In FIG. 3, a valve 40 according to the invention with the turbulence inducer 20 comprises an inlet fluid orifice 42, a pilot valve 44, an outlet fluid orifice 46, a control rod 48 and an actuator 50. The inlet orifice 42 is coupled to the flow stream upstream from the accelerator section 10 and the outlet orifice 46 is coupled to the flow stream in the diffuser section 14. The pilot valve 44 couples the inlet orifice 42 to the output orifice 46 when the actuator opens the pilot valve 44 with the control rod 48. This allows a secondary flow stream to pass from the upstream side of the accelerator section 10 through the inlet orifice 42, the pilot valve 44 and the outlet orifice 46 into the diffuser section 14, thereby inducing turbulence. The actuator 50 is controlled by at least one associated parameter sensor in the manner described with respect to the actuator 30 in connection with the preferred embodiment shown in FIG. 1.

The turbulence inducer may advantageously be of a design to permit remote removal from within the drill collar. A second alternate embodiment of the invention with such a feature is shown in FIG. 4. A valve 52 according to the invention with the turbulence inducer 20 comprises an annular removable housing 54 that is seated in a stay 56, a movable tab 58 that swivels about a pivot 60, and an actuator 62 that moves a control rod 64 connected to a bearing 66 on the movable tab 58 to extend or retract the movable tab 58 from the housing 54.

In the embodiments of the invention described thus far, the turbulence inducer has been generally introduced downstream from the acceleration section of the valve. It may be advantageous to introduce the turbulence inducer within the acceleration region itself to cause turbulence that is transferred downstream into the diffusion section of the valve. A cut away side view of a third alternate embodiment of the invention that includes this feature is shown in FIG. 5.

In FIG. 5 a valve 70 according to the invention with the turbulence inducer 20 located within the acceleration section 10 is shown, wherein the turbulence inducer 20 comprises an annular removable housing 72 seated in a stay 74, a movable tab 76 that swivels about a pivot 78, and an actuator 80 that moves a control rod 82 connected to a bearing 84 on the movable tab 76 to extend or retract the movable tab 76 from the housing 72.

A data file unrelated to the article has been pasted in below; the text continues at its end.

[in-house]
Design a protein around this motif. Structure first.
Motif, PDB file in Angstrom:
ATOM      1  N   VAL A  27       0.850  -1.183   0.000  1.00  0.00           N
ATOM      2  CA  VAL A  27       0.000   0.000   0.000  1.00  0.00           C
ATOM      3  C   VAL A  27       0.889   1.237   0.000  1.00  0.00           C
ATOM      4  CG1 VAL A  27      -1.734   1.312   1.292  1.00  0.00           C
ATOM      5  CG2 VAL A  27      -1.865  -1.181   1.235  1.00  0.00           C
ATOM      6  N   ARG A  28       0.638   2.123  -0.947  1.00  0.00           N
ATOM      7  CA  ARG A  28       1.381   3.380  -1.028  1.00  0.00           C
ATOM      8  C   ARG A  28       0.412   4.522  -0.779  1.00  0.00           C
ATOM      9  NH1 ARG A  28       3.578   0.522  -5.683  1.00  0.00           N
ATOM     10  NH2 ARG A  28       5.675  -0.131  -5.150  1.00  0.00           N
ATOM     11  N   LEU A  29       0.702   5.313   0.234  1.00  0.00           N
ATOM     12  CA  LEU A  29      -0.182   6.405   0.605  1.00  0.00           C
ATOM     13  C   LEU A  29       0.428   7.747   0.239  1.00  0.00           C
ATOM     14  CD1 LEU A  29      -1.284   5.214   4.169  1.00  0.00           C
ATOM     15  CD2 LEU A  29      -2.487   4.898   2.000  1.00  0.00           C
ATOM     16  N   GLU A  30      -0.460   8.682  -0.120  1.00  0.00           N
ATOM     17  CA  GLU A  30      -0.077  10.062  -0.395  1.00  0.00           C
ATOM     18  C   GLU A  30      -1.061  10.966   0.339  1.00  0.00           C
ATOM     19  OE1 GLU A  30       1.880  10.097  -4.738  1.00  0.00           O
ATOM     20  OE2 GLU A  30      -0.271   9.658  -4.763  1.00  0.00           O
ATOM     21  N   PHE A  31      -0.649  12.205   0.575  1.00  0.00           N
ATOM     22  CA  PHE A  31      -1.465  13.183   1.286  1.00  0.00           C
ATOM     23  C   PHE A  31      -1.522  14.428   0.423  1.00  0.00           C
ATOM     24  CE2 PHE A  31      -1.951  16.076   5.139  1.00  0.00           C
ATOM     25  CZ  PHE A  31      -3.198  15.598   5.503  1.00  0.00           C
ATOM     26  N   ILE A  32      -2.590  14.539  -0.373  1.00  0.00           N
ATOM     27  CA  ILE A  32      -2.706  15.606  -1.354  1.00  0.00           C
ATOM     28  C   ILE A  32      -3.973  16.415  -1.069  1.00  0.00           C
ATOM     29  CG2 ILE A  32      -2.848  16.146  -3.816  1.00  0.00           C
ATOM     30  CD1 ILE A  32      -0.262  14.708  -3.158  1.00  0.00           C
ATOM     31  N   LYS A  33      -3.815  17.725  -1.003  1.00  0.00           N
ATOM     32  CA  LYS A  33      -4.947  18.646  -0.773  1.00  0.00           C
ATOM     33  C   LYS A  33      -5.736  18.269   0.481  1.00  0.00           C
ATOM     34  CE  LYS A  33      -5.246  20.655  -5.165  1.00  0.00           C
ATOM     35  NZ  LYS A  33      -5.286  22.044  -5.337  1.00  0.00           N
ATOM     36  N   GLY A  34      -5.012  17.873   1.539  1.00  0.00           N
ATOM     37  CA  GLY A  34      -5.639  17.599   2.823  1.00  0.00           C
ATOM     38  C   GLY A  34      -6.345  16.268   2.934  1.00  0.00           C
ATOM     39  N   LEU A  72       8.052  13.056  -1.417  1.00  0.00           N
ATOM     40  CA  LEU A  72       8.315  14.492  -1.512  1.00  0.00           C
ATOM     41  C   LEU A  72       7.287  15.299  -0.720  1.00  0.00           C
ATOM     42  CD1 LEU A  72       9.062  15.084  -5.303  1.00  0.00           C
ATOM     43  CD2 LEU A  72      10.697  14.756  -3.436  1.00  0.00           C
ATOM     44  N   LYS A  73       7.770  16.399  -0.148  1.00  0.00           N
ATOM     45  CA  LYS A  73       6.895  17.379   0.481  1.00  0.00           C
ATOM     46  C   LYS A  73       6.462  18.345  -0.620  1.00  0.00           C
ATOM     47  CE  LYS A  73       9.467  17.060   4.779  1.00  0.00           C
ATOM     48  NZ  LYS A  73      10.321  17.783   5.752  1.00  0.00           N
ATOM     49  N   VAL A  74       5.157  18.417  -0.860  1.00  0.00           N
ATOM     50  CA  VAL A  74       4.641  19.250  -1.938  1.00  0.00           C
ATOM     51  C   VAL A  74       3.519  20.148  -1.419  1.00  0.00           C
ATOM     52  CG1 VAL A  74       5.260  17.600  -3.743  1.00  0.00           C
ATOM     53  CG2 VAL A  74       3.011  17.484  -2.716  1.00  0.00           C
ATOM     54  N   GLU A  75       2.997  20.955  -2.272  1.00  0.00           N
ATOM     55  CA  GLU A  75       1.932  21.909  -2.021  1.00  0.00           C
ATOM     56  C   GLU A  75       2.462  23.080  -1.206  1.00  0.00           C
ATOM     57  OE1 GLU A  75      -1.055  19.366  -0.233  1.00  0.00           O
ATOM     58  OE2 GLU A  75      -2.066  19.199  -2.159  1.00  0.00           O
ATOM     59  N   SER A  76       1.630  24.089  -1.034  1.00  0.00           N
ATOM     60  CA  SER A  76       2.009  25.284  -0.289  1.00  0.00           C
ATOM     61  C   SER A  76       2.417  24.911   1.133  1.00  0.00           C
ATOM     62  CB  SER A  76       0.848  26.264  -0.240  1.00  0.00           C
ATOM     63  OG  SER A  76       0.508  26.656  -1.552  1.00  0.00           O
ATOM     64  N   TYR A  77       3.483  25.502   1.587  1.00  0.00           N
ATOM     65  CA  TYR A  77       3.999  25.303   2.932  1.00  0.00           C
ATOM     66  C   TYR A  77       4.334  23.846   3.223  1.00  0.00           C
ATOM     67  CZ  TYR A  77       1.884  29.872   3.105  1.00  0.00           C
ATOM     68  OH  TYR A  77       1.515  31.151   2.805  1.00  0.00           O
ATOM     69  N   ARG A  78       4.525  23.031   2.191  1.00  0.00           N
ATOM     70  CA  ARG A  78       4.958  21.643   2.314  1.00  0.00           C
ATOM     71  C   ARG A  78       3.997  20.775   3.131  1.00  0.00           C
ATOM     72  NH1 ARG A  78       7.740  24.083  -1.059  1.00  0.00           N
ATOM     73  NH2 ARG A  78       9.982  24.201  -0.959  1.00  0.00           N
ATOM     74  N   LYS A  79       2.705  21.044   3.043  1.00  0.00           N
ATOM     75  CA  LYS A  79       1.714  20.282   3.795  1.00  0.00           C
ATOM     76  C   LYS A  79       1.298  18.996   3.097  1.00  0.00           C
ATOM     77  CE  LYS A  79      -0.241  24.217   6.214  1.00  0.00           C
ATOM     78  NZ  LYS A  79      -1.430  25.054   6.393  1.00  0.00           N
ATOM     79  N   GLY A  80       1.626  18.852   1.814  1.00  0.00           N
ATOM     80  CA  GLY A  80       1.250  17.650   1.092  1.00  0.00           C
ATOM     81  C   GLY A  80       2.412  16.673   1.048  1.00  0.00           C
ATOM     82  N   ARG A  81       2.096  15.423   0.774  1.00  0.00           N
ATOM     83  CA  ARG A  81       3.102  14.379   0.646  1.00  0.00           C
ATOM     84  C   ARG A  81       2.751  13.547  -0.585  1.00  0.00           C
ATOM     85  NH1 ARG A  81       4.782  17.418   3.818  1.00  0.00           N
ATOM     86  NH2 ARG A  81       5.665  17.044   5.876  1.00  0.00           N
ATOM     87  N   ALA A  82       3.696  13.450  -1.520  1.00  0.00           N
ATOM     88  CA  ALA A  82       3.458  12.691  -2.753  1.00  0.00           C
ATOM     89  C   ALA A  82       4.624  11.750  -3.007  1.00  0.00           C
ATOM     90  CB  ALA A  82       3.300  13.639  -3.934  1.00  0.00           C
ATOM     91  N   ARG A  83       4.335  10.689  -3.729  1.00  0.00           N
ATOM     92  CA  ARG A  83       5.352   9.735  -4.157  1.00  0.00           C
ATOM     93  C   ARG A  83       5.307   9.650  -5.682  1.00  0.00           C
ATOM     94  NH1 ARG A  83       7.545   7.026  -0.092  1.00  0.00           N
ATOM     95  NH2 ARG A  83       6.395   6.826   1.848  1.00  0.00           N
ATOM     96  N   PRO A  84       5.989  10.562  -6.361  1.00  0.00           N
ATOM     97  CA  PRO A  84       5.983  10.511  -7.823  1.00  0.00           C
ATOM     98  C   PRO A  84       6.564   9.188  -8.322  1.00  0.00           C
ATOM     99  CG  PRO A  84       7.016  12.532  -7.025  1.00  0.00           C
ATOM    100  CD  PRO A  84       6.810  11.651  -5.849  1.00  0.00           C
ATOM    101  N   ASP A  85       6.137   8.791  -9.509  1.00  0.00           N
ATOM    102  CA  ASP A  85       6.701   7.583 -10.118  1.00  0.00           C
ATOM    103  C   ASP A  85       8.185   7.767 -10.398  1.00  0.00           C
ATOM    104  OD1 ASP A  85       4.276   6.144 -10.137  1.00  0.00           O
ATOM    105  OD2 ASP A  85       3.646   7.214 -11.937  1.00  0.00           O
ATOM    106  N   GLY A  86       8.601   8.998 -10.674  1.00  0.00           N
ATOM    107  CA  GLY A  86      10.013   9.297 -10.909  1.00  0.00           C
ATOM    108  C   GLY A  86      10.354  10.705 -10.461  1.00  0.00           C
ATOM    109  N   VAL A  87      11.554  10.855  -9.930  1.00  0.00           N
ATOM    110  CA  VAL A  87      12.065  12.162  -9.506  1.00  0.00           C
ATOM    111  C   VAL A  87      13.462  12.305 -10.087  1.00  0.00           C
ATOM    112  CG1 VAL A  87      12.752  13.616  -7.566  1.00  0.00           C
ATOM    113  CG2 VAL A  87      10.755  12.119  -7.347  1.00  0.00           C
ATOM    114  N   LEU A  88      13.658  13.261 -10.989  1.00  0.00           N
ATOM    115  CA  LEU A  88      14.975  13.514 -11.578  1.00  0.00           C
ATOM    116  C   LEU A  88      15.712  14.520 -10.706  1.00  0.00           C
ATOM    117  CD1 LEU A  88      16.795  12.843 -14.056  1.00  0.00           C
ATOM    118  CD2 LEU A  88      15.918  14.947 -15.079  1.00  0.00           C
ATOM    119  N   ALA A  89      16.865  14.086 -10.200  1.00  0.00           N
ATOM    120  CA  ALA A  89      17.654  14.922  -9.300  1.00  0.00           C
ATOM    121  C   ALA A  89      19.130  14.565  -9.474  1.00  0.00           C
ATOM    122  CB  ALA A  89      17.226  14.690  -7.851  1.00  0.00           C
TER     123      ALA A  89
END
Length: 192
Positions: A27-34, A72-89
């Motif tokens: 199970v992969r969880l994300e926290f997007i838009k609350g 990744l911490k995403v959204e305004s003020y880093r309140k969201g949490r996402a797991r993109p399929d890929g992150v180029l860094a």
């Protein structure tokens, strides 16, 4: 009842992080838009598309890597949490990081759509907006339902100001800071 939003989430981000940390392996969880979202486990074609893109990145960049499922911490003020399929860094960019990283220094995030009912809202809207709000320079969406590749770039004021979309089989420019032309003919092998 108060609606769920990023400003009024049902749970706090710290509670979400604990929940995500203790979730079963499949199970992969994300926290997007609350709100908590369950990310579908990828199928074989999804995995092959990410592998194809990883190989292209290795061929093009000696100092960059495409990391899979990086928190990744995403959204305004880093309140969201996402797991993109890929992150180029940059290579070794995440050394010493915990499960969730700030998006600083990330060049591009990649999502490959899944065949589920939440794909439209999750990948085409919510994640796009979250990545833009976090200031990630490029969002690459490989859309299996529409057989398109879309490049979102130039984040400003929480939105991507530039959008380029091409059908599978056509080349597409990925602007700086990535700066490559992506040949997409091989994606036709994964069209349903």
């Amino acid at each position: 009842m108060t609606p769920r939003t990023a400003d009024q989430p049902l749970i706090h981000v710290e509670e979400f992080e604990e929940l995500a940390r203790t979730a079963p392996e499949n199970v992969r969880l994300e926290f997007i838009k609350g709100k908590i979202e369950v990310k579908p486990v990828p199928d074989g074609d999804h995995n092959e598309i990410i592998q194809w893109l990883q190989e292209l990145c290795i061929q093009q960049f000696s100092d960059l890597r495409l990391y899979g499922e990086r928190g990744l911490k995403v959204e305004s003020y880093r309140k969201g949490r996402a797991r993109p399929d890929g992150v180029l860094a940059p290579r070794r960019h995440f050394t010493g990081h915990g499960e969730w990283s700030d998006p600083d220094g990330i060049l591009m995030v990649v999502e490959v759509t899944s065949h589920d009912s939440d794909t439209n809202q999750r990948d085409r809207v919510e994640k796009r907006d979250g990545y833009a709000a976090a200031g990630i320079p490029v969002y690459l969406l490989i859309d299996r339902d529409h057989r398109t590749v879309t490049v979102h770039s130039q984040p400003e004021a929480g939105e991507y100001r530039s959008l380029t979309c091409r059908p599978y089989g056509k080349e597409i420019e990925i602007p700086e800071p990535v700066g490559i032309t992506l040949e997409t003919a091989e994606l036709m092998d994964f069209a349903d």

In all the embodiments described above, that include a mechanical turbulence inducer, the pressure signal developed, for any prescribed amount of protrusion of the turbulence inducing element into the flow stream, will be proportional to the square of the flow rate. This may be undesirable when the flow rate varies substantially.

In the case of the second alternate embodiment of the invention described above in connection with FIG. 4, the outer surface of the annular housing 54 may be contoured to offer a greater or lesser flow area for the flow stream between the accelerator section 10 and the diffuser section 14 depending on how far the annular housing 54 is inserted within the valve 2. If, for instance, the outer housing 54 has a surface that is contoured to offer less flow area as the housing 54 is inserted deeper into the valve 2, the velocity of the flow stream exiting the acceleration section 10 will increase due to the smaller flow area.

Overall quiescent pressure drop of the valve 2 will not increase substantially because of the action of the diffuser section 14. However, due to the increased developed velocity, the turbulence generated with the movable tab 58 will be greater, so that it can develop the same pressure signal with less flow. Therefore, when the flow stream rate drops off, the housing 54 may be inserted deeper into the valve to maintain the developed pressure signal.

For the preferred embodiment of the invention, as well as the third alternate embodiment of the invention, it is desirable to provide means for controlling the amount of protrusion of the turbulence inducing element in response to the flow rate of the flow stream to maintain a constant developed pressure signal. That is, as flow rate increases, the protrusion of the turbulence decreases to maintain a relatively constant developed pressure signal.

For instance, a pressure sensor mounted in or immediately upstream the valve can be used to move a stop for the movable tab in the embodiments described above that include the movable tab. If the level of the developed pressure signal starts to increase due to increased flow stream rate, the pressure sensor causes the position of the tab stop to change. The position of the tab stop changes in this case to reduce the maximum excursion of the movable tab such that the developed pressure signal returns to the prescribed level. Similarly, if the level of the developed pressure signal starts to decrease due to decreased flow stream rate, the pressure sensor causes the tab stop to change position to let the maximum excursion of the movable tab increase, thus returning the pressure signal level back to normal.